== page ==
Representatives of governments, workers' and employers' organizations agreed at a meeting at the ILO in Geneva that governments should "increase and promote investments in waste management infrastructure and systems at all levels, as appropriate, to manage the rapidly growing flows of e-waste in ways that advance decent work."
"Workers handling e-waste have no voice, no bargaining power and they are breaking hazardous materials by their hands," said worker vice-chairperson, James Towers. "Moreover, these workers are unaware of the many risks associated with handling e-waste".
Only 20 per cent of e-waste is formally recycled, even though it is valued at €55 billion.
E-waste is becoming an increasingly important resource for informal workers along the e-waste value chain who recover, repair, refurbish, re-use, repurpose and recycle electrical and electronic equipment, bring innovative services and products to the market and facilitate a transition to the circular economy.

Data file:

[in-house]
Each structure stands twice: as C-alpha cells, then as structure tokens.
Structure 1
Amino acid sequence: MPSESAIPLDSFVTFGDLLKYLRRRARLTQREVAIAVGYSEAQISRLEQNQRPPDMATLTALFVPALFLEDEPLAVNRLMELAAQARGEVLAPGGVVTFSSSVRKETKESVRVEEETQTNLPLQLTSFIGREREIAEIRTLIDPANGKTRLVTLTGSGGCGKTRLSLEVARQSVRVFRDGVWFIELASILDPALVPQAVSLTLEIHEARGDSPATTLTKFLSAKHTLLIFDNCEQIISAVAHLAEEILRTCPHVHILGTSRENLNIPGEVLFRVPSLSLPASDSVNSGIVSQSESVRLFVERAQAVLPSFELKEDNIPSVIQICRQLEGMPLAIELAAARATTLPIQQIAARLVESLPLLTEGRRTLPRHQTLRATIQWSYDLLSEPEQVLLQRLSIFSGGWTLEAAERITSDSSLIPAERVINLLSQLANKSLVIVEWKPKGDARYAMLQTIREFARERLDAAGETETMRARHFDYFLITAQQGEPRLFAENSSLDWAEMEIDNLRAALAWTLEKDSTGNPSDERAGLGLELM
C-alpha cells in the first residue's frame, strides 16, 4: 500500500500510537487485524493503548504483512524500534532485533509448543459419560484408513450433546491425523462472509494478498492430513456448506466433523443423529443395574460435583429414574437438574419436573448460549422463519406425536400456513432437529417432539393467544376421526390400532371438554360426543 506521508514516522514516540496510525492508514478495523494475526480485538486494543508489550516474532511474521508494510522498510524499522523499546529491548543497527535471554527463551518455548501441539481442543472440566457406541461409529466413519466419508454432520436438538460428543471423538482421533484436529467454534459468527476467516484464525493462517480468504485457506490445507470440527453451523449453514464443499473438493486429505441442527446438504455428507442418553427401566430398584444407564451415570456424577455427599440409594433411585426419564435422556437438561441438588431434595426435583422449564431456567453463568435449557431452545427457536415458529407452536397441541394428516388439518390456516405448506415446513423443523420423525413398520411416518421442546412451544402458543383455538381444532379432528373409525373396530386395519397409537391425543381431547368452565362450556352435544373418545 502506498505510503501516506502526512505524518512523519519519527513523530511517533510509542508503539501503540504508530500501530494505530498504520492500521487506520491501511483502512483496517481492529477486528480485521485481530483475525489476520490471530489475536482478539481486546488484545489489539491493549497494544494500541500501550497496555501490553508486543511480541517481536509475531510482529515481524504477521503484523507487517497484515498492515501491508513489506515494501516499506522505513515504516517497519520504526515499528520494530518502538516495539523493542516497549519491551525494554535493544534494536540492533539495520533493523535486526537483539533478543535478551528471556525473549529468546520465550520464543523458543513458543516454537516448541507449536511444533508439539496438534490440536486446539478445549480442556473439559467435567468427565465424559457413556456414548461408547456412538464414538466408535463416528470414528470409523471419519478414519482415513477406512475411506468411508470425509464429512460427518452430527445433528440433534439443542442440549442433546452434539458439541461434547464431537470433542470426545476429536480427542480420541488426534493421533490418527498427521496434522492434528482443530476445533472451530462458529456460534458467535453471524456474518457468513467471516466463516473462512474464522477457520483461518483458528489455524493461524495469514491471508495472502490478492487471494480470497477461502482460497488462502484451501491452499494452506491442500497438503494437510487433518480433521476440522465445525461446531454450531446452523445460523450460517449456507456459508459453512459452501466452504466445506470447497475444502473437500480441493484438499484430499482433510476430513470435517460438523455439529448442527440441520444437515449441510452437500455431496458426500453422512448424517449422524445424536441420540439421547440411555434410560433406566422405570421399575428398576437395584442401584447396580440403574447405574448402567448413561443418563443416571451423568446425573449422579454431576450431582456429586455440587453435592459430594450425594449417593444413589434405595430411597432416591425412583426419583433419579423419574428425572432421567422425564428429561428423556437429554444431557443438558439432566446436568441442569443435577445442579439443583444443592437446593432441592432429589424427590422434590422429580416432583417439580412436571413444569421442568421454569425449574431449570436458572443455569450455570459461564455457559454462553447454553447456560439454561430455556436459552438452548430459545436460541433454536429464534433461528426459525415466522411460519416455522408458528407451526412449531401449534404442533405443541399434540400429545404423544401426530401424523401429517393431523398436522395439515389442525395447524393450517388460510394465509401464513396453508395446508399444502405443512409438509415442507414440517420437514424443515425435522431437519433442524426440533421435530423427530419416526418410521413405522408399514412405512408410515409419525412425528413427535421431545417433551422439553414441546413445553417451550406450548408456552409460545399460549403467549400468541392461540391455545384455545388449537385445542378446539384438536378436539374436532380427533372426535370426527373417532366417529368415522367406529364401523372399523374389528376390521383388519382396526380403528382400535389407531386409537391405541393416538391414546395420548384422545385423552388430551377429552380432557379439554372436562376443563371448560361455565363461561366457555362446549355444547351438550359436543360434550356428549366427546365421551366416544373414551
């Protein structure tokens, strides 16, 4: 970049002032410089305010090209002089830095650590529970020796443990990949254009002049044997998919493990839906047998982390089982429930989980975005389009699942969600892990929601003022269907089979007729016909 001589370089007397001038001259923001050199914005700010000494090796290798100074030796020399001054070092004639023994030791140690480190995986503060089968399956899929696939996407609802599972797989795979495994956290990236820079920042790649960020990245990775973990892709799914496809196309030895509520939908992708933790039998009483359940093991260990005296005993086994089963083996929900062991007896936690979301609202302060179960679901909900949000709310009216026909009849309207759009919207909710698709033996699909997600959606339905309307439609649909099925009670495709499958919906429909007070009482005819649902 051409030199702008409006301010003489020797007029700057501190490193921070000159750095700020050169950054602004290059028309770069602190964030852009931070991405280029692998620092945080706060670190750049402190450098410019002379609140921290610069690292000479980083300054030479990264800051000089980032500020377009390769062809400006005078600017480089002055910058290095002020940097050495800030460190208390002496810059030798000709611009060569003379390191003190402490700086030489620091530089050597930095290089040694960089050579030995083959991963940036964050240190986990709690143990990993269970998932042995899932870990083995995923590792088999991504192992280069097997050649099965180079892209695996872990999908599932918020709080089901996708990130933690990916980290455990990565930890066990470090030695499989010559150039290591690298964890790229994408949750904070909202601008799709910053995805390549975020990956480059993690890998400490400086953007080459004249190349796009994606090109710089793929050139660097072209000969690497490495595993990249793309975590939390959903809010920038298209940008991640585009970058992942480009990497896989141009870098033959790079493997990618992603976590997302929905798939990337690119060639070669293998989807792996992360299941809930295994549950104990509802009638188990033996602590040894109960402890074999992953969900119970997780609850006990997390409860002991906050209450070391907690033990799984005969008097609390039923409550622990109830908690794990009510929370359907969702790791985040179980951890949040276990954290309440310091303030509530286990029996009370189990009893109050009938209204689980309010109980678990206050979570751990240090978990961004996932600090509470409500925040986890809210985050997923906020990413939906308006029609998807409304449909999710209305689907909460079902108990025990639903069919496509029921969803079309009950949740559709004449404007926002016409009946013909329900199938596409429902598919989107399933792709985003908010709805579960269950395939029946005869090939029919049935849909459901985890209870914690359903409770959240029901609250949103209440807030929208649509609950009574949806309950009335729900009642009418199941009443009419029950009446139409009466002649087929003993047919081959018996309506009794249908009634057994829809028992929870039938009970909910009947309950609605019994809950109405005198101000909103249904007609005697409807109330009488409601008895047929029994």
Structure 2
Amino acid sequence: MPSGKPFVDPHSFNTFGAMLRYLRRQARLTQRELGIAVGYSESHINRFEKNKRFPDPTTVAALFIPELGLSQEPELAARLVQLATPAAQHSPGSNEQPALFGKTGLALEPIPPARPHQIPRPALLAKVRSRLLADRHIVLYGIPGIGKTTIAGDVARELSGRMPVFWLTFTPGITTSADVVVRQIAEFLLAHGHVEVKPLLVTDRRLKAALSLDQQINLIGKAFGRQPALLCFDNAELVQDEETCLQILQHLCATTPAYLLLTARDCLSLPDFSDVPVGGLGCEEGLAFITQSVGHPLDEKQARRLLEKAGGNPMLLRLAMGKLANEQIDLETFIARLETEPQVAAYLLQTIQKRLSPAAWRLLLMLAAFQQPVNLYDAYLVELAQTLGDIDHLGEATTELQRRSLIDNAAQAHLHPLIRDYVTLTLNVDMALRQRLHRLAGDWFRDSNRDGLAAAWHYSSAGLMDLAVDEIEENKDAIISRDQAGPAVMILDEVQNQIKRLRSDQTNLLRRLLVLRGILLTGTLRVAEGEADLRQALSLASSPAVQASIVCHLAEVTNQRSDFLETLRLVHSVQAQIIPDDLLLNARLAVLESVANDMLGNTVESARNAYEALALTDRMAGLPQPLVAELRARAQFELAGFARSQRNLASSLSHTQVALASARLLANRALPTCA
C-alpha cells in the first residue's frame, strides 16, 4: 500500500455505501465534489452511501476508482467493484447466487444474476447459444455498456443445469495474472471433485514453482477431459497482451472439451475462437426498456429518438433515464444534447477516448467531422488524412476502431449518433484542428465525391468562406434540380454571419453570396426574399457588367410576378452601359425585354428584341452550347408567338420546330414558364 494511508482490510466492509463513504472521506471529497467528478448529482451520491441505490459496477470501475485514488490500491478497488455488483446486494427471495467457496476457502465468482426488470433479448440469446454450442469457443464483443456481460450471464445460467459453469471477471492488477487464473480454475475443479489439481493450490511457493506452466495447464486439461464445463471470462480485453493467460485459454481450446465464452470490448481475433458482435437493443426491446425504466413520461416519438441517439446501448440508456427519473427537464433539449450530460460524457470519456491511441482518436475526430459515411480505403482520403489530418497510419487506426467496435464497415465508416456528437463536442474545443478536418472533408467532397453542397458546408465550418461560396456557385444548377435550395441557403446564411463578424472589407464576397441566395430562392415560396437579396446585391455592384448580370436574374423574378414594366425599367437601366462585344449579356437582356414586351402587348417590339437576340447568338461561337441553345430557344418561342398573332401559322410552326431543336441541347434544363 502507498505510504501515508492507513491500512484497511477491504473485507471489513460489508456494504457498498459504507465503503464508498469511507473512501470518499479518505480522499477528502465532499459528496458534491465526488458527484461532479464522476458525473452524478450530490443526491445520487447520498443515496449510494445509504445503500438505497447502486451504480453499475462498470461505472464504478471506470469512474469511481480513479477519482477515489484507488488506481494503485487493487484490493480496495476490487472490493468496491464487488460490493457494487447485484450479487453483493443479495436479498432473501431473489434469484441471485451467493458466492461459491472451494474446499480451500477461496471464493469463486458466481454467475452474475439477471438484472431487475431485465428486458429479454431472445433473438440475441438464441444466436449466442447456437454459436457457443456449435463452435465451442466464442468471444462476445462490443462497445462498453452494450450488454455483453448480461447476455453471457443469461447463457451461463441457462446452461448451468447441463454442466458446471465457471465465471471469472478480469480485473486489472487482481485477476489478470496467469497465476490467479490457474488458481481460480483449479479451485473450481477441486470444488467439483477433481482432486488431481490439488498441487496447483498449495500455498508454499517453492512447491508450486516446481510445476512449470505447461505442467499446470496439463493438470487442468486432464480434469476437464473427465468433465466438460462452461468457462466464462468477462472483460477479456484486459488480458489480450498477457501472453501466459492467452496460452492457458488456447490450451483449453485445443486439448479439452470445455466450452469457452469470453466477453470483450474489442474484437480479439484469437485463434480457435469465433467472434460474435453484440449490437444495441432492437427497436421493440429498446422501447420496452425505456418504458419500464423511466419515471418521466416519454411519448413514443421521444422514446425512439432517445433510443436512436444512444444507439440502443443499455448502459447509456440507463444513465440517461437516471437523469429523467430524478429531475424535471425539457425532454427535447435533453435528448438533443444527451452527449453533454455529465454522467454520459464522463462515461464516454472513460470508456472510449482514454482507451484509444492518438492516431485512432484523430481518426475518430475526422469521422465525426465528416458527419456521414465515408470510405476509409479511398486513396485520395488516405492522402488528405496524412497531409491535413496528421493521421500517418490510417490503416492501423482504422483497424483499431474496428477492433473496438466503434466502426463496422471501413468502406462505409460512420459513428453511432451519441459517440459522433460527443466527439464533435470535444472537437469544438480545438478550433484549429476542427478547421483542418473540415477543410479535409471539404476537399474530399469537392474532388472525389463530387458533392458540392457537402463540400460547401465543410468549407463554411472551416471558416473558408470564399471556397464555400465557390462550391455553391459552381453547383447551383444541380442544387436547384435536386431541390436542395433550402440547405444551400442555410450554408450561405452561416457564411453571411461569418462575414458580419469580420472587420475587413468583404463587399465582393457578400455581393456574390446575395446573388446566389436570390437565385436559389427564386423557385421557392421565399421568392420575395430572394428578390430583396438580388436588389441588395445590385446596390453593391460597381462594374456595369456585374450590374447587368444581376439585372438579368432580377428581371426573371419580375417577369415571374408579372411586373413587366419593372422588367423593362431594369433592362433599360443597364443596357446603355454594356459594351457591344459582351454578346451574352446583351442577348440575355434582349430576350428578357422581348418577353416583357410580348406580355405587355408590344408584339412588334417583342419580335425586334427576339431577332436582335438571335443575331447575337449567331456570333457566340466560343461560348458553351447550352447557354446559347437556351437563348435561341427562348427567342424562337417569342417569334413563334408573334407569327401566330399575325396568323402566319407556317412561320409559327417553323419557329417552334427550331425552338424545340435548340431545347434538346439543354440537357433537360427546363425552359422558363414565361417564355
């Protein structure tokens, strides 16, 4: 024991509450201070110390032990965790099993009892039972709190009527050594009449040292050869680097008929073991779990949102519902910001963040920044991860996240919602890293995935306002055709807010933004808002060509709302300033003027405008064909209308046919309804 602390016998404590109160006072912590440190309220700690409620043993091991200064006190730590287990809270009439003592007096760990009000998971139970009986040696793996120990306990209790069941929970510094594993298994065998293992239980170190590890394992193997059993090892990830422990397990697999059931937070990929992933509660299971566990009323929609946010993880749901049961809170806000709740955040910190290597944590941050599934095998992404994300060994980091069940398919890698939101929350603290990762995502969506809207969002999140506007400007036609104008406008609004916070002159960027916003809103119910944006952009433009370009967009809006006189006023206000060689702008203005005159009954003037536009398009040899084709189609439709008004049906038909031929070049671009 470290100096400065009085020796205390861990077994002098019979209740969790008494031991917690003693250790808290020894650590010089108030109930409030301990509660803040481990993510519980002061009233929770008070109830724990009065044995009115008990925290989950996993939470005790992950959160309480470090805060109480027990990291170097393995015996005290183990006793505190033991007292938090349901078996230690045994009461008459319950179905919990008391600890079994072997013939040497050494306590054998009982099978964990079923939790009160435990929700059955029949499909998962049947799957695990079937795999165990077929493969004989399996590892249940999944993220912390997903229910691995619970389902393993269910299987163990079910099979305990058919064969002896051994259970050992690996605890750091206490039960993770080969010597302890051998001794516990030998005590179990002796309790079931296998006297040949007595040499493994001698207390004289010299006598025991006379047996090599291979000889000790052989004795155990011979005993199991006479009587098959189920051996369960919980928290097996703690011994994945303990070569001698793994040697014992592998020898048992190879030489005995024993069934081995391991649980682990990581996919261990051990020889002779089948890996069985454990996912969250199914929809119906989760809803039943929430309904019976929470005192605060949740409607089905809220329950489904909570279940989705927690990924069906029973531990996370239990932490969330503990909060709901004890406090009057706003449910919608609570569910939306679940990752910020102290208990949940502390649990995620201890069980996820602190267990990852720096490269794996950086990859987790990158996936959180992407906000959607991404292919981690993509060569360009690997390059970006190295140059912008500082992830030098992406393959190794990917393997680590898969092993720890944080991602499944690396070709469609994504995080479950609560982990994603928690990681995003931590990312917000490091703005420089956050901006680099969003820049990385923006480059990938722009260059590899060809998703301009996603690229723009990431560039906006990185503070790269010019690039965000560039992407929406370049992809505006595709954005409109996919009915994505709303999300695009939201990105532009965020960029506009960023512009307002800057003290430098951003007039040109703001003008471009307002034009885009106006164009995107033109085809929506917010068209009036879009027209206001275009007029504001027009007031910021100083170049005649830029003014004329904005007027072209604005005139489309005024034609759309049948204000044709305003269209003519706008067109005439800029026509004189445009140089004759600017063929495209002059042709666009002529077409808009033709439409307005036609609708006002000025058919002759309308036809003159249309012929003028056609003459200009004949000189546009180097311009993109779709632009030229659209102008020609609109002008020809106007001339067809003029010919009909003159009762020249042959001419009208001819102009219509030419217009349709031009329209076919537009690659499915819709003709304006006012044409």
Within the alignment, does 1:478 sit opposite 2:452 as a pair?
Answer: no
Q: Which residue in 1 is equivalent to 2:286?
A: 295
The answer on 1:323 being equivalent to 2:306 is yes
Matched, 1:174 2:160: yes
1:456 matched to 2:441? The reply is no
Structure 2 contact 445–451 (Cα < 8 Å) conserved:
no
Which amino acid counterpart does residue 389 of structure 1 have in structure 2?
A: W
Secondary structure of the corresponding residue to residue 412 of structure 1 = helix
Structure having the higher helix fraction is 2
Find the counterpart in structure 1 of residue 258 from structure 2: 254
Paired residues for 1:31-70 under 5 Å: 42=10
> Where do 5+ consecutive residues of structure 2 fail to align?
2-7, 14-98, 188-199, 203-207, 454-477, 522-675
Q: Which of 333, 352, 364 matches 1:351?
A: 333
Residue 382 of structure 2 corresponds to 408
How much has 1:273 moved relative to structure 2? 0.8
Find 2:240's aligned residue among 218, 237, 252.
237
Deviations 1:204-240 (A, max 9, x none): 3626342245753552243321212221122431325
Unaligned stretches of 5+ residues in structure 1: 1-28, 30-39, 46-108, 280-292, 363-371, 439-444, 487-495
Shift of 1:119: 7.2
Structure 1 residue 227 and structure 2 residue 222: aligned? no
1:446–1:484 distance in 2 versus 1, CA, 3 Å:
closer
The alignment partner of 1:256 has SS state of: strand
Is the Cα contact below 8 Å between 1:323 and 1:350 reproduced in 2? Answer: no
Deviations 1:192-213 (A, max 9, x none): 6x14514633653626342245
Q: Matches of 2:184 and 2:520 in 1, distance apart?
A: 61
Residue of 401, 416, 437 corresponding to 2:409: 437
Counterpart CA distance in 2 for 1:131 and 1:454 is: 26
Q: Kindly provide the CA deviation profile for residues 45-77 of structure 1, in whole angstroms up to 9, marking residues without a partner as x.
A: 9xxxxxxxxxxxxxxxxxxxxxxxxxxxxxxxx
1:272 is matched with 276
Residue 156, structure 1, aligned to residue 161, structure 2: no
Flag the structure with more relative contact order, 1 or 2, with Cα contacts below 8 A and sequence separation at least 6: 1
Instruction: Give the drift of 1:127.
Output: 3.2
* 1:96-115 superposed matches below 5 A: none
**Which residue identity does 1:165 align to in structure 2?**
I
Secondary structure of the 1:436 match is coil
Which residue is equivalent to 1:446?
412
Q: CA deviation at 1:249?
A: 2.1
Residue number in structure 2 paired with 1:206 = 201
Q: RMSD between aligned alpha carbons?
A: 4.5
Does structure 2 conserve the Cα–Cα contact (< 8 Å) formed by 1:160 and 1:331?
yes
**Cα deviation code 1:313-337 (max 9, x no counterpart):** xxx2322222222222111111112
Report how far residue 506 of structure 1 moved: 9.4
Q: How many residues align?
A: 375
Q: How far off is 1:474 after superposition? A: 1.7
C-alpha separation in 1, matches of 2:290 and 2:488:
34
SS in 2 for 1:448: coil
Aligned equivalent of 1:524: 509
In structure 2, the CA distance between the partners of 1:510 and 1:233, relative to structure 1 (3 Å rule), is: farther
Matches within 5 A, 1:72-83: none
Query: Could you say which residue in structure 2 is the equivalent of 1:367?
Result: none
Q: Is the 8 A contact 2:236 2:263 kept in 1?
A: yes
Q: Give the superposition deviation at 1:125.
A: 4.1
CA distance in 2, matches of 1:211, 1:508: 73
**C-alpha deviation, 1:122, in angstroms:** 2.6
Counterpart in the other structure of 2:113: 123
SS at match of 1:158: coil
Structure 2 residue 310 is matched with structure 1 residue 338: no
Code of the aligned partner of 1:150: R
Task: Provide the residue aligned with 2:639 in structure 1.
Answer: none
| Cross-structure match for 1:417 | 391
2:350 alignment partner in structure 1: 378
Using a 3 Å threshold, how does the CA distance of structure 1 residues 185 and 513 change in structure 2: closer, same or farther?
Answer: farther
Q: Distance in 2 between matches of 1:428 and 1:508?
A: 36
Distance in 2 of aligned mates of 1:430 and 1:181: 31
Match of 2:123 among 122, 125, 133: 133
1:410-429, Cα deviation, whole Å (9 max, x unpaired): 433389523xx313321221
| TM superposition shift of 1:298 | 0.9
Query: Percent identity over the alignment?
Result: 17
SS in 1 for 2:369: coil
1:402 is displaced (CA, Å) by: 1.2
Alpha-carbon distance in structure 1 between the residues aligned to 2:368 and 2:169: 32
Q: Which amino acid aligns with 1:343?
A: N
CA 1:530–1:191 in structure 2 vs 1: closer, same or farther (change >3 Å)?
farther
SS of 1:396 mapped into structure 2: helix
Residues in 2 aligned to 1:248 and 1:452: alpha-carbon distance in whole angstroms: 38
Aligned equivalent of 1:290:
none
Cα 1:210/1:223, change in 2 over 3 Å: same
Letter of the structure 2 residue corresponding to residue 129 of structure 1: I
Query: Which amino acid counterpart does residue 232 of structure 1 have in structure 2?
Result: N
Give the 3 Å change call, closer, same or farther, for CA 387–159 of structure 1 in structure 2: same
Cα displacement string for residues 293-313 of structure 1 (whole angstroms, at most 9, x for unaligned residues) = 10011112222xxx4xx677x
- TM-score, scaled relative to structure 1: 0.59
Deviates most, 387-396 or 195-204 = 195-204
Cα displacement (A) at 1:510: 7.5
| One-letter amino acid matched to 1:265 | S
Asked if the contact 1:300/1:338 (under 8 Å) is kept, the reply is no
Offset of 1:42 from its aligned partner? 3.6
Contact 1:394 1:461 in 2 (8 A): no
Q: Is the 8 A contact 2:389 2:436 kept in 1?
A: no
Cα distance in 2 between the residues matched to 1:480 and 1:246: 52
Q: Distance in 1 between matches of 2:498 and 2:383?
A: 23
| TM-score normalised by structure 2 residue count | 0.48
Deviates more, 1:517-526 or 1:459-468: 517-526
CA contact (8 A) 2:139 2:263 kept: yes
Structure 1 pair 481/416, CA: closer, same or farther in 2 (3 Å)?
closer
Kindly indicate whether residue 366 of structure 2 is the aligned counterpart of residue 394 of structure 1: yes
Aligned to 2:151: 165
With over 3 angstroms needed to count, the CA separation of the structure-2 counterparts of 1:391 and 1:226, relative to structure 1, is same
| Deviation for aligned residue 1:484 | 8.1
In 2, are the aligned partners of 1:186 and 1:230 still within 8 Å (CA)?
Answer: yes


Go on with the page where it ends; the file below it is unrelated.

"There is great business opportunity in the e-waste sector", said employer vice-chairperson, Patrick Van den Bossche, "We need to step up our efforts in creating decent and sustainable jobs, fostering an enabling environment for sustainable enterprises, offering new products and new services, and adding value through enhancing the circular economy".
The world produces as much as 50 million tonnes of e-waste a year.
"In my own country, Nigeria, and in several other African countries, e-waste is littering our landscape," said government vice-chairperson, Aniefiok Etim Essah. Yet, he added, "Our youth possesses the creativity and potential for learning skills to manage e-waste, giving us the opportunity to increase youth employment."